Culture is shared through CCM’s Asian Student Association

 

BY CHELSEA LAUREN CATTANO
Editor-in-Chief

The Asian Student Association is a place for people of all cultural backgrounds to find friendship and support.

What originally started as a group to support international students who were new at the County College of Morris, has since turned into a method of educating the CCM community about the heritage and traditions of Asian cultures.

“We spread around Asian culture through things like food, music, and different visual events like going to movie nights or going to a supermarket or Chinatown,” said Omar Santos, the former president of the ASA.

The presumed start of the club was back in 2004 and the name has changed over the years. The ASA used to be referred to as the Chinese Student Association.

“The number one thing about ASA is that you don’t have to be Asian to join,” said Camille Ancheta, the Public Relations Officer for ASA. “Just come because you want to learn more about the Asian culture. Some people forget that Asian culture isn’t just from countries like China, Korea and Japan. It also involves countries like India and Russia.”

Even though the ASA promotes Asian culture, they do have people at their meetings who are of European descent and want to share their culture.

Javier La Rosa, the Vice President of the ASA, enjoys being a part of the club because it teaches him more about his own culture. To him, ASA is more of a community that welcomes everyone with open arms.

“Even though I am Asian, there’s so much more to learn,” La Rosa said. “It’s this culture that is constantly changing and growing.”

A common misconception, according to La Rosa, is that Asian culture is all about chopsticks and samurai movies but this isn’t the case. The ASA aims to introduce its members to a broad horizon of Asian culture.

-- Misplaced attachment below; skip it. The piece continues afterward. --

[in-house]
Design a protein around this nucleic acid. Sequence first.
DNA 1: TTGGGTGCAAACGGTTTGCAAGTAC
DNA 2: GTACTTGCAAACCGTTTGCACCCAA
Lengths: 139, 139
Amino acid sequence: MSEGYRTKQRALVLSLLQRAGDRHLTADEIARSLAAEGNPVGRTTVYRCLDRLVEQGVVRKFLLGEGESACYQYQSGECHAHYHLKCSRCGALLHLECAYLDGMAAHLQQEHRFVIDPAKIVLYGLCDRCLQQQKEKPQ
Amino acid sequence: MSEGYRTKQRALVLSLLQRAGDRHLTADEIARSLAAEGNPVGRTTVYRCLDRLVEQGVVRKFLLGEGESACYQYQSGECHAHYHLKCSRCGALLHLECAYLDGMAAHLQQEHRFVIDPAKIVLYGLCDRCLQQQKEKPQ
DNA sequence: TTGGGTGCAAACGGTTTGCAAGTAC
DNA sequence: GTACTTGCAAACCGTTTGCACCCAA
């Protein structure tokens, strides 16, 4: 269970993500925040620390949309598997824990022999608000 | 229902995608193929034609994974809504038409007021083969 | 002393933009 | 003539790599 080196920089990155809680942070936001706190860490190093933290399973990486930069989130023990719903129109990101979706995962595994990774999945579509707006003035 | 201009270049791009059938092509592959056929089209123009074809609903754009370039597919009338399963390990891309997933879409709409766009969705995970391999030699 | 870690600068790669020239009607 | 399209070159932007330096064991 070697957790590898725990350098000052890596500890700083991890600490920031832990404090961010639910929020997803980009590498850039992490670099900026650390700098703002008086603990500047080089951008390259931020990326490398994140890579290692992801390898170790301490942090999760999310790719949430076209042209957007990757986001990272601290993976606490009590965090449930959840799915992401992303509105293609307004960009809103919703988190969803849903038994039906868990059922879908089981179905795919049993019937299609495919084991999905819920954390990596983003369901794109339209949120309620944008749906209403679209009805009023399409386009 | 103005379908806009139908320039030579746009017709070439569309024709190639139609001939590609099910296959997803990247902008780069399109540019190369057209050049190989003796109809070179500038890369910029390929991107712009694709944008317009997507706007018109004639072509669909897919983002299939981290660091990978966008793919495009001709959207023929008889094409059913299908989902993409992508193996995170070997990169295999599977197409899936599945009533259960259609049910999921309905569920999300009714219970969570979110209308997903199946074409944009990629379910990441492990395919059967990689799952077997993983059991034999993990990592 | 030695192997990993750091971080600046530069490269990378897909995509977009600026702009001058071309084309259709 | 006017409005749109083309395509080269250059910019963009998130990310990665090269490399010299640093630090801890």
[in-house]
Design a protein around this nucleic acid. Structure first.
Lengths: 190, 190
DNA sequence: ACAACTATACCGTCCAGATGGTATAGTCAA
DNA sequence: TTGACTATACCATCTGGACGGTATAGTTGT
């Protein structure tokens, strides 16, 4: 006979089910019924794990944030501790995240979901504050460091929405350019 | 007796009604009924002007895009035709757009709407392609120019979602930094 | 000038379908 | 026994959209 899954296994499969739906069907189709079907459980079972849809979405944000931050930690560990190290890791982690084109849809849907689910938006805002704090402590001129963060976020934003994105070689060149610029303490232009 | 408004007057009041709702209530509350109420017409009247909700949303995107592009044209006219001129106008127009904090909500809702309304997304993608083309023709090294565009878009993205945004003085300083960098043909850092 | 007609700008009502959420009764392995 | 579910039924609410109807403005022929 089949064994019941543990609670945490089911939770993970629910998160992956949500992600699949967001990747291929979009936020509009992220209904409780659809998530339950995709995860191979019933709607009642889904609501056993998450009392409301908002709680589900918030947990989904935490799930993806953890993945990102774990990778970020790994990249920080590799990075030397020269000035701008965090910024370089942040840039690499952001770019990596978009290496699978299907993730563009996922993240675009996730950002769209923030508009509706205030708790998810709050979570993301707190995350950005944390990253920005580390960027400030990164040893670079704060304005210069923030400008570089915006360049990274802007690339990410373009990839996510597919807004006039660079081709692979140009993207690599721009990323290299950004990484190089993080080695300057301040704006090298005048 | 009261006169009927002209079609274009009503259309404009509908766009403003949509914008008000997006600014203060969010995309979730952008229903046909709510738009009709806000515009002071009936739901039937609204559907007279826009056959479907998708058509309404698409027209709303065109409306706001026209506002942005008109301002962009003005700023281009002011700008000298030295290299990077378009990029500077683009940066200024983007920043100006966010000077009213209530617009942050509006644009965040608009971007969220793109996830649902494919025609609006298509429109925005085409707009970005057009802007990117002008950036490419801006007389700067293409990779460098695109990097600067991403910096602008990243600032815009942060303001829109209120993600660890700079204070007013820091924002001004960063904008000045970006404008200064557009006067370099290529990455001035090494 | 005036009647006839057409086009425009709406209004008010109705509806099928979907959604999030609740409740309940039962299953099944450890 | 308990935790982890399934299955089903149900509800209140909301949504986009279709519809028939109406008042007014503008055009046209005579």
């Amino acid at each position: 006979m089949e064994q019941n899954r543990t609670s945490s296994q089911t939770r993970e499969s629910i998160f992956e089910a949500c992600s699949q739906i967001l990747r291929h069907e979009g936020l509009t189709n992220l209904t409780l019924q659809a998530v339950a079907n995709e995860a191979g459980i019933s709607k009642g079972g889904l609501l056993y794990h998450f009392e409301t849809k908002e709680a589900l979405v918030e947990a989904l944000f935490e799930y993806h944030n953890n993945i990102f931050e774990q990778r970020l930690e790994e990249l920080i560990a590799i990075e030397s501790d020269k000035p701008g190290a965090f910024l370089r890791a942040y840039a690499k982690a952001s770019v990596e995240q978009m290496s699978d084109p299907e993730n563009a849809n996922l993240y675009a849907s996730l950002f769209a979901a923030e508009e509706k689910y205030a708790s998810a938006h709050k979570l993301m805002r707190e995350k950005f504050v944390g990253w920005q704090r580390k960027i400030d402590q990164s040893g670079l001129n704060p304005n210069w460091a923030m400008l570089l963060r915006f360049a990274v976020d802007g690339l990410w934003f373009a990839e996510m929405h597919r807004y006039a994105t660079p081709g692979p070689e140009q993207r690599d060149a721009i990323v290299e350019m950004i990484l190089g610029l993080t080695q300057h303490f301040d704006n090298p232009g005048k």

The current president of the ASA, Zhangjiaqi Zheng, is an international student from China. He came to America because his parents wanted him to receive an American education. His parents live in New York but they wanted him to attend CCM because of the relatively few number of Chinese international students.

According to Zheng, due to the large number of people with a Chinese background living in New York, it is easy to never have to learn English. Being a CCM student has forced him to speak English and improve his grammar and pronunciation.

“I came here January of 2014,” Zheng said. “Before I came to the County College of Morris, I was looking for an Asian group within CCM and I found the Asian Student Association on the Facebook group and I wanted to join them. I came here and I met with Omar and I was able to find a group that was right for me. They teach me a lot about American culture and they are very interested in Asian culture. They want more information about it and because I’m an international student from China, I have a lot to contribute.”

Currently, the ASA is organizing an Asian Festival that will take place March 26, and will showcase different Asian cul- tures. There are plans to have food vendors come in and donate food. There will be a dragon and lion dance performance and celebrations for the Chinese New Year.

In the past, the ASA has hosted an Asian horror movie night, karaoke nights and cooking lessons so that students could learn how to make authentic Asian foods.

The ASA club meetings are every Thursday at 12:30 p.m. in the Student Club Room, which is downstairs in the Student Center. The meetings typically start off with planning for the Asian Festival and the second part is spent sharing experiences and educating members of the club on Asian culture.

For any interested members who want to be a part of the ASA but can’t make it to the Thursday meetings, the officers hold a meeting on Tuesdays that serve as a recap of the Thursday meetings.

“At our meetings, we always try to bring a certain aspect of Asian culture into it,” Santos said. “Just last week we had a friend of ours who studied in Japan for a couple of years come in and tell us a little bit about Japanese culture. Some of our members are of different Asian cultures. We have people who are Filipino, Chinese, Vietnamese. We have everyone at the meetings talk a little bit about their cultures.”

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